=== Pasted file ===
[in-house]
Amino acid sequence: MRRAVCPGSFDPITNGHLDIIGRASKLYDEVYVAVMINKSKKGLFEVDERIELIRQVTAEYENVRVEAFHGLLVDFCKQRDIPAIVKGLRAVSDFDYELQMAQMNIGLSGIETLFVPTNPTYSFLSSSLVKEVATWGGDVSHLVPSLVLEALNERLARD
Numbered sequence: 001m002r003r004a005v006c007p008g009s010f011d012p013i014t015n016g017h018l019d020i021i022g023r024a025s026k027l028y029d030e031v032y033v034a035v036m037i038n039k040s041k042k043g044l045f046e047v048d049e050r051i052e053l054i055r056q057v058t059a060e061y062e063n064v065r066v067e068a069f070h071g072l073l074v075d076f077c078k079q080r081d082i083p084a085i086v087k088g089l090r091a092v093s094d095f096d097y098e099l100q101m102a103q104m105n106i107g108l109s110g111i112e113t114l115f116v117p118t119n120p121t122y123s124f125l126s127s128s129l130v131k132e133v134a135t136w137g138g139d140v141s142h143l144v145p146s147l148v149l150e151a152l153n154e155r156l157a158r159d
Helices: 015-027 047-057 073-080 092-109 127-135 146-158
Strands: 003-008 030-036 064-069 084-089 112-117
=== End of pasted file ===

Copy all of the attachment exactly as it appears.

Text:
[in-house]
Amino acid sequence: MRRAVCPGSFDPITNGHLDIIGRASKLYDEVYVAVMINKSKKGLFEVDERIELIRQVTAEYENVRVEAFHGLLVDFCKQRDIPAIVKGLRAVSDFDYELQMAQMNIGLSGIETLFVPTNPTYSFLSSSLVKEVATWGGDVSHLVPSLVLEALNERLARD
Numbered sequence: 001m002r003r004a005v006c007p008g009s010f011d012p013i014t015n016g017h018l019d020i021i022g023r024a025s026k027l028y029d030e031v032y033v034a035v036m037i038n039k040s041k042k043g044l045f046e047v048d049e050r051i052e053l054i055r056q057v058t059a060e061y062e063n064v065r066v067e068a069f070h071g072l073l074v075d076f077c078k079q080r081d082i083p084a085i086v087k088g089l090r091a092v093s094d095f096d097y098e099l100q101m102a103q104m105n106i107g108l109s110g111i112e113t114l115f116v117p118t119n120p121t122y123s124f125l126s127s128s129l130v131k132e133v134a135t136w137g138g139d140v141s142h143l144v145p146s147l148v149l150e151a152l153n154e155r156l157a158r159d
Helices: 015-027 047-057 073-080 092-109 127-135 146-158
Strands: 003-008 030-036 064-069 084-089 112-117